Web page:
Ask a Guy: Dating an Alcoholic post image

Ask a Guy: Dating an Alcoholic


Someone I recently met decided to ask me if we could make things official.

One problem: he admitted to having an alcohol problem. Although he says he is getting counseling for this from alcohol rehabs, I’m afraid what impact this could mean for a relationship.

It’s one thing to be a friend to help someone out, but as a girlfriend I wouldn’t even know how to handle this if he were to relapse and am not sure I want to stick around to find out.

Any advice?

I can say this much: When you date someone, you date all of them.

In the beginning, when it’s all sunshine and sweetness it’s easy to fall for them and expect things to always be that way.

But after a few months, you end up seeing other sides of each other. Some you like, some you don’t. That is true of all relationships.

In terms of dating an alcoholic, you at least know upfront that he has had a problem with alcohol and he’s taking steps to deal with it.

That’s a good sign at least, but there’s still plenty you don’t know about him. You don’t know what triggers his drinking or what his follow-through is like in general.

You said you’ve met recently, so I would imagine there’s plenty that you don’t know about each other.

I am all for seeing the best in people and believing that people can improve, but you said it yourself: You’re not sure if you would want to stick around if he relapses.

Unfortunately, as with many addictions, not all recovery attempts have a happy ending attached. If you’re uncertain at this point whether or not you would want to be there in the worst case scenario, this might be a good point to decide against being in a relationship with him before things get deeper.

I feel kind of heartless writing that, but I’m thinking in terms of what I would tell my closest female friends or my sister if they asked me what you asked me.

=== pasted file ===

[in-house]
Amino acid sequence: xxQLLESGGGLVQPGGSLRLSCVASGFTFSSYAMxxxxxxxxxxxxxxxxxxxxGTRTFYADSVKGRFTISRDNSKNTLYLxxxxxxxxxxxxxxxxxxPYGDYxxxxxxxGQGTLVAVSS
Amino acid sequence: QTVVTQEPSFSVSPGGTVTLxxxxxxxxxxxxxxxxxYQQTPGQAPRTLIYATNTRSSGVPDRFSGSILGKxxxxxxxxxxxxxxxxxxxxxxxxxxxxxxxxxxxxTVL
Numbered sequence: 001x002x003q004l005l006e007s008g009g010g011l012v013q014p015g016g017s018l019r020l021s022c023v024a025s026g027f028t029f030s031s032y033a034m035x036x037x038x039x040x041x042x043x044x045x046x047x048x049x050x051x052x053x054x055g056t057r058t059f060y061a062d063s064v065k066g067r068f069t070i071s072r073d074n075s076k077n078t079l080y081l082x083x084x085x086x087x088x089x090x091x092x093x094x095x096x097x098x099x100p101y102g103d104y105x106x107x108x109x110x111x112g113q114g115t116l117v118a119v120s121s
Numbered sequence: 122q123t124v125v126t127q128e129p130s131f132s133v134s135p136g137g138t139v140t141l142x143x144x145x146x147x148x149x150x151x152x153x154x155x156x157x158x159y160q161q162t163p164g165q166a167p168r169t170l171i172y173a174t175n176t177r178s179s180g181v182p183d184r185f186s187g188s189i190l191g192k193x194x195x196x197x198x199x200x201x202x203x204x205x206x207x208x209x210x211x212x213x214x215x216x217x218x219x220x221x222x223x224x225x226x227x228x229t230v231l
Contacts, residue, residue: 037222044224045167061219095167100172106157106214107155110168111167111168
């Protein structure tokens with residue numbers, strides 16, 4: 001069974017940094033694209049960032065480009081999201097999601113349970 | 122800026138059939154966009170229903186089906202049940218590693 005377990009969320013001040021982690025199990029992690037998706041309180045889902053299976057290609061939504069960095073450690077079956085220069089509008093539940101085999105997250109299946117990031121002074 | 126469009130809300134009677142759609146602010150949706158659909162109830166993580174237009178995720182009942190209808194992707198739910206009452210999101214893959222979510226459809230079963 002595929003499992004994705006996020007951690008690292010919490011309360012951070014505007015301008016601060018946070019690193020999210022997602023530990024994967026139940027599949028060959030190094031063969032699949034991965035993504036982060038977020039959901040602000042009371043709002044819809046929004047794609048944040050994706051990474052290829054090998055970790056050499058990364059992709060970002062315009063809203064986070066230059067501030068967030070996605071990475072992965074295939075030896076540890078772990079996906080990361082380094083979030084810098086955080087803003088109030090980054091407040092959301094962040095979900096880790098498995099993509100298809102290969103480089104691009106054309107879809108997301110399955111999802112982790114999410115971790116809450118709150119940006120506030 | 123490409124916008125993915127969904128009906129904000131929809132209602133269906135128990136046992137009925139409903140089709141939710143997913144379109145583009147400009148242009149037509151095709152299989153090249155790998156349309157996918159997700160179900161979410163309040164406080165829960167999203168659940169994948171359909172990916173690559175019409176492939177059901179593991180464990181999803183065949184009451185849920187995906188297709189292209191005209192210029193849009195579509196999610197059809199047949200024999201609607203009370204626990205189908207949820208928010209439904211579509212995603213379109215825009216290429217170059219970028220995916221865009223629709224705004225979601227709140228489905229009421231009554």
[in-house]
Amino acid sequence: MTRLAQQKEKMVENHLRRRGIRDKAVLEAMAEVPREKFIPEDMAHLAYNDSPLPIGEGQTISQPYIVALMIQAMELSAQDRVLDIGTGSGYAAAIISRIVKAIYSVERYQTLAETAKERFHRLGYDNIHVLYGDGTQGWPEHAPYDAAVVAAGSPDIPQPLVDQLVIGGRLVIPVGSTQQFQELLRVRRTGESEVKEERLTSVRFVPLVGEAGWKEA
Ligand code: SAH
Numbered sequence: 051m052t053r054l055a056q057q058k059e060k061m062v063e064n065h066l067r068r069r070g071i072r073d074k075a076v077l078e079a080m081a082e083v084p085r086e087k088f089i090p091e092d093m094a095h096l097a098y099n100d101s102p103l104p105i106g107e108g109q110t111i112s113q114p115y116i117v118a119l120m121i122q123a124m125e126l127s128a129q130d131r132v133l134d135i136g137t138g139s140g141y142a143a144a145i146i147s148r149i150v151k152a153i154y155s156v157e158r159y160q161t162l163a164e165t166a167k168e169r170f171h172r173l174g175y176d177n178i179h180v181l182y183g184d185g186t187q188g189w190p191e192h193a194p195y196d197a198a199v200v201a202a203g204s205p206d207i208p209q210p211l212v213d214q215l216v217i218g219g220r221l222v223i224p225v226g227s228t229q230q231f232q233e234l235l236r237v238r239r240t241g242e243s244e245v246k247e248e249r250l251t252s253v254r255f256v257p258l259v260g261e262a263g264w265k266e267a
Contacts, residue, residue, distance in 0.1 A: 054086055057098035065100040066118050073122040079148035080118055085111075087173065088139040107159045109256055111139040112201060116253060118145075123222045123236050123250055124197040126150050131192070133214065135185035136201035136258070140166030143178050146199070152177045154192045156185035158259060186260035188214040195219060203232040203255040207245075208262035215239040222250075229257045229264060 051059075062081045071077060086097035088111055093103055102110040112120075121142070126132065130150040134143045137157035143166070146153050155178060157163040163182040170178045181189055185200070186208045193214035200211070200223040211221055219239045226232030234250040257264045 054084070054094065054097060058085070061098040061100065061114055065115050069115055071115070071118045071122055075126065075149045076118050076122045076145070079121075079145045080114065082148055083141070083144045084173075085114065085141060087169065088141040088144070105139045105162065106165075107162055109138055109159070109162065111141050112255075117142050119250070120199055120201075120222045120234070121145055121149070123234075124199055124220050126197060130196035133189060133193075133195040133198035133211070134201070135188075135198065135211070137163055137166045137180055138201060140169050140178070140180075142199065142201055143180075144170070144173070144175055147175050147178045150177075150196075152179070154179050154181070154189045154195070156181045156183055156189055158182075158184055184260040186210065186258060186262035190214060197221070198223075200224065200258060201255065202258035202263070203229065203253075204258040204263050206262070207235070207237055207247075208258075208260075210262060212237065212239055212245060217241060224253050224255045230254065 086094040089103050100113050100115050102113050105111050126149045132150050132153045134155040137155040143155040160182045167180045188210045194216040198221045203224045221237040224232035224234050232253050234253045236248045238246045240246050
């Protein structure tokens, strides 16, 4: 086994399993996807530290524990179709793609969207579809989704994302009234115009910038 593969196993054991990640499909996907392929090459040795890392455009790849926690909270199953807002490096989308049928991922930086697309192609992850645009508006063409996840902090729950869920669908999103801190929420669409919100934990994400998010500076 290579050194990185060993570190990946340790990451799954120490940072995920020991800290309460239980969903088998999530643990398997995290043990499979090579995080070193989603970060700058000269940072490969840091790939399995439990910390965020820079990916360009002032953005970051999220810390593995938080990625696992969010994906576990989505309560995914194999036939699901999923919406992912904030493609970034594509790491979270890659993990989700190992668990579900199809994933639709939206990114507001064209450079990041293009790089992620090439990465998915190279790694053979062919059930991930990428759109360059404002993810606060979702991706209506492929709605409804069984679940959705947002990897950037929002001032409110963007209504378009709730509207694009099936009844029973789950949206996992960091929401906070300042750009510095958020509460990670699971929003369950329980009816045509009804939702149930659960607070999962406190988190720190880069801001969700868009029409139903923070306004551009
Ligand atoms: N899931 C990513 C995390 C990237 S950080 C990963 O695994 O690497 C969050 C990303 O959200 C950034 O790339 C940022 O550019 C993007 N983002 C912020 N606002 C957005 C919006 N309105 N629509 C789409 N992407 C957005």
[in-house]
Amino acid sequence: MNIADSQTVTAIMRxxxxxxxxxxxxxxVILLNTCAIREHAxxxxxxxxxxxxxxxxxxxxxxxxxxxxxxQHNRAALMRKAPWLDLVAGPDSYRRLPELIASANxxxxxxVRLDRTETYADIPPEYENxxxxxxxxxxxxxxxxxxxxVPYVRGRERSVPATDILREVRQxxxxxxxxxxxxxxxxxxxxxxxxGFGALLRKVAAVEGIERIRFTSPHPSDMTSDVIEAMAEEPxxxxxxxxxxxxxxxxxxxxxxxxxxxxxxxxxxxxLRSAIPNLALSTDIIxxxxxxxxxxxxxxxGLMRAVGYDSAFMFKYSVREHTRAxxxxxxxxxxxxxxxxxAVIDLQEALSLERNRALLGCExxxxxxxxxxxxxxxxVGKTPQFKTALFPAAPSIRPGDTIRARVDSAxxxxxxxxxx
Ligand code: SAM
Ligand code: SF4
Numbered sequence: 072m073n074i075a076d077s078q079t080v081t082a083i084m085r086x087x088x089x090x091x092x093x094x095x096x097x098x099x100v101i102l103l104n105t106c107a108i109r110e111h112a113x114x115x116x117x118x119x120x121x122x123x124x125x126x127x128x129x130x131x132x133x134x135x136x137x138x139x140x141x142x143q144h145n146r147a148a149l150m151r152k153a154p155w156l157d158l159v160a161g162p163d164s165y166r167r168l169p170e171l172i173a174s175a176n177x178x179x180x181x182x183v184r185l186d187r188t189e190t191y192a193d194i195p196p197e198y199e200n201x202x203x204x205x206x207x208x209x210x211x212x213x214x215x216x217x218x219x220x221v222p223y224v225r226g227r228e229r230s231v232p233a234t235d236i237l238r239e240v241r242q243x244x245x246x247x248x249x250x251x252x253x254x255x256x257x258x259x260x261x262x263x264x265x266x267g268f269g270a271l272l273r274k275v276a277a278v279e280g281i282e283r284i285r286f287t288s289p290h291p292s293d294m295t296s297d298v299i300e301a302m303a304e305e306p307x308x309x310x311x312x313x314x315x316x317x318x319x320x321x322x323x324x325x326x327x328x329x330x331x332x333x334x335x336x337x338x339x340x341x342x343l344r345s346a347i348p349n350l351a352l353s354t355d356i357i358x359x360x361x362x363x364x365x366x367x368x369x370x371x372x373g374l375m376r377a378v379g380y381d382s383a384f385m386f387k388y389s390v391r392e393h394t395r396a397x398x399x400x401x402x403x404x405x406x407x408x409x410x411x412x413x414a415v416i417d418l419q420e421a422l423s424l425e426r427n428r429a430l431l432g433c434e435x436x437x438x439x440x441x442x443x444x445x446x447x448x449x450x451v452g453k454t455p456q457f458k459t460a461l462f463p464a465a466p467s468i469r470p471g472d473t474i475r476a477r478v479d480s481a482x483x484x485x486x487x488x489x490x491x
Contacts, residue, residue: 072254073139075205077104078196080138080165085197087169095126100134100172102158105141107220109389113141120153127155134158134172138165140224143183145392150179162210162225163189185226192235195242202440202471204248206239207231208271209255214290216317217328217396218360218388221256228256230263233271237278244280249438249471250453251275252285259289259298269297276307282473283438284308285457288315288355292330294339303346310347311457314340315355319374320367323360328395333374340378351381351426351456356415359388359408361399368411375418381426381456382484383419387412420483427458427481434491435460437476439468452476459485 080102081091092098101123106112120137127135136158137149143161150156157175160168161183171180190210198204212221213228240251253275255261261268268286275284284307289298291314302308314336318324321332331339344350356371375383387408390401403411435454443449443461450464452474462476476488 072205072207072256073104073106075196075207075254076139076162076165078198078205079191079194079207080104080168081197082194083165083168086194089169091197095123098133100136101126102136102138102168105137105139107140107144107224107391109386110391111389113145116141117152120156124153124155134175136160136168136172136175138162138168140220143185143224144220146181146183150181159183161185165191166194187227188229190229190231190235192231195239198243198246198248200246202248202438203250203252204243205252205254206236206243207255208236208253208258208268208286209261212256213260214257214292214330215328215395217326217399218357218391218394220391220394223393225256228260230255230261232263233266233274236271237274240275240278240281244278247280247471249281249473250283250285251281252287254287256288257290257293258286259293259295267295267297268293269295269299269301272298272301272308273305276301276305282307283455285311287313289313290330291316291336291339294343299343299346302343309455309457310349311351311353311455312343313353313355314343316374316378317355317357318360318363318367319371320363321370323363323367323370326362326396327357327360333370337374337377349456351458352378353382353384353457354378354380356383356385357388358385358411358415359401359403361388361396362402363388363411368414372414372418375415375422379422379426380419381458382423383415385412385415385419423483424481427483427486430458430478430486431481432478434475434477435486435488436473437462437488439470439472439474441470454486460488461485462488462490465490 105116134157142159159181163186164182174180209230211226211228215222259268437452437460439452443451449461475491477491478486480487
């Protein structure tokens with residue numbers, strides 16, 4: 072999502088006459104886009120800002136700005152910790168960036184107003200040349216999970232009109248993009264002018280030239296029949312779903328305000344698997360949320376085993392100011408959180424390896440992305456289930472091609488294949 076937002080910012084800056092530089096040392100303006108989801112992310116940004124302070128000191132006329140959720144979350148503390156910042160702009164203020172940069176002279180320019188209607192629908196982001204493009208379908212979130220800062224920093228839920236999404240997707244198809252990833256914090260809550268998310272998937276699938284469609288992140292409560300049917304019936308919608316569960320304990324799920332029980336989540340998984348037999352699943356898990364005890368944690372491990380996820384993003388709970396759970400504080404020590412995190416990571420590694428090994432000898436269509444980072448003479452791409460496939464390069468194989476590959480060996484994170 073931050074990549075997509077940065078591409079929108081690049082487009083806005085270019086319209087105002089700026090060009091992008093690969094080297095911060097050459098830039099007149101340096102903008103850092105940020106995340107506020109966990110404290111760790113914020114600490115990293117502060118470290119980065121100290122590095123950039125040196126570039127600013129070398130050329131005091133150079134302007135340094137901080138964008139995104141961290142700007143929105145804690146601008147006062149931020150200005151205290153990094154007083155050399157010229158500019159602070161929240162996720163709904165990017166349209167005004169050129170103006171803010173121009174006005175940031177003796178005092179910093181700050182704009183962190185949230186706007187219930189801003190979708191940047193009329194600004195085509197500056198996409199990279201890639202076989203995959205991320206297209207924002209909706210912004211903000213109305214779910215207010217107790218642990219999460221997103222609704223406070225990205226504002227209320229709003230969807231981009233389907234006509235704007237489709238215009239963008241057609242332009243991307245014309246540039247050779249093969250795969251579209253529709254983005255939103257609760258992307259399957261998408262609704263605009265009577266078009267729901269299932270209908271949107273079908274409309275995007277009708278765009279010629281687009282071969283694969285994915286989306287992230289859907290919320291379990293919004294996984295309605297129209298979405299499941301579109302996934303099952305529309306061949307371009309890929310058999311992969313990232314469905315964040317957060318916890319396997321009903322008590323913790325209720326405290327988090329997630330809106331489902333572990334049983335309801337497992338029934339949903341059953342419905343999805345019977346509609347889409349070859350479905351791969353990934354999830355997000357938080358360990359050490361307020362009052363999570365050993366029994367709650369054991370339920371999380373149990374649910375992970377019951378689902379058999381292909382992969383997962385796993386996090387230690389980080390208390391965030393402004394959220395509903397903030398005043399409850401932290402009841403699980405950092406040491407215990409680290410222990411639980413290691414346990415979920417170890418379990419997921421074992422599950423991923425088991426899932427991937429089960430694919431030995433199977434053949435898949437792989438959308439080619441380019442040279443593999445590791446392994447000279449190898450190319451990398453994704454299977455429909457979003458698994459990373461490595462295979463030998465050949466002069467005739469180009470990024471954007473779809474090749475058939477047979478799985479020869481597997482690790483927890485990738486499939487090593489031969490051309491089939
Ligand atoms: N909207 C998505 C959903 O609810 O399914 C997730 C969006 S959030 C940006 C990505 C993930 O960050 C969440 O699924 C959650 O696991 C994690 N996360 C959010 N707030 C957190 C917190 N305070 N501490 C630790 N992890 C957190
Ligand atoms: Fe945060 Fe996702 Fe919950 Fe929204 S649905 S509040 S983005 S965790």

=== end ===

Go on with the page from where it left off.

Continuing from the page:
There’s nothing wrong with being a supportive friend to him while he figures out his alcohol addiction. I am fortunate to say that I have never battled with an alcohol addiction, but I have to imagine that truly addressing that issue is very emotionally, psychologically and mentally intense.

If he has that on his plate to deal with, I don’t think that this is the right time for him to start a new relationship either. It just seems that he would be better off figuring out his own issues first before he starts a new relationship. All-to-often a new relationship can be used to delay or cover-up dealing with our problems.

If you had been dating him for a while or were in a long, loving relationship, my answer would have been to help him see it through, learn about what it’s like for an alcoholic to recover from alcohol addiction and be as supportive as possible.

But you’re at a crossroads and from what you said in your question, it sounds like the best thing for both of you would be to not start up a relationship. At least, not until he’s really worked out his issue and has had it under control for a while.

People certainly can recover from being alcoholics – I have seen it and I can tell you that it’s entirely possible he’ll handle it too. In the meantime, I’d say hold off on starting an “official” relationship for both your sakes.

Hope it helps,

eric charles

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maryann

Do not get involved with him until he’s sober for at least a year. Even if you support him, he can easily relapse because he knows your there to help him up. He needs to have the courage, conviction and determination to recover on his own. I meet a wonderful man 9 Years ago, we went out and he drank I didn’t think anything of it, I didn’t even know what an alcoholic was never had it my family growing up. We moved I together after dating 2 years, he went from the wonderful man I fell in love with to Dr Jekyle and MrHyde, OMG, I had no idea what was happening, I was so naive. He hid it pretty well. Time went on and it got ugly finally I moved out I had evough. He was in denial. I still see him couple times a month but he’s still drinking. There is a website called coping with alcoloics, alcolohol friends its a live forum, I would strongly recommend checking it out. This will help you with your decision, you see alcoholics are cunning, manipulative they suck you in and they don’t even know it. Good Luck

Reply August 5, 2013, 9:47 pm

Joann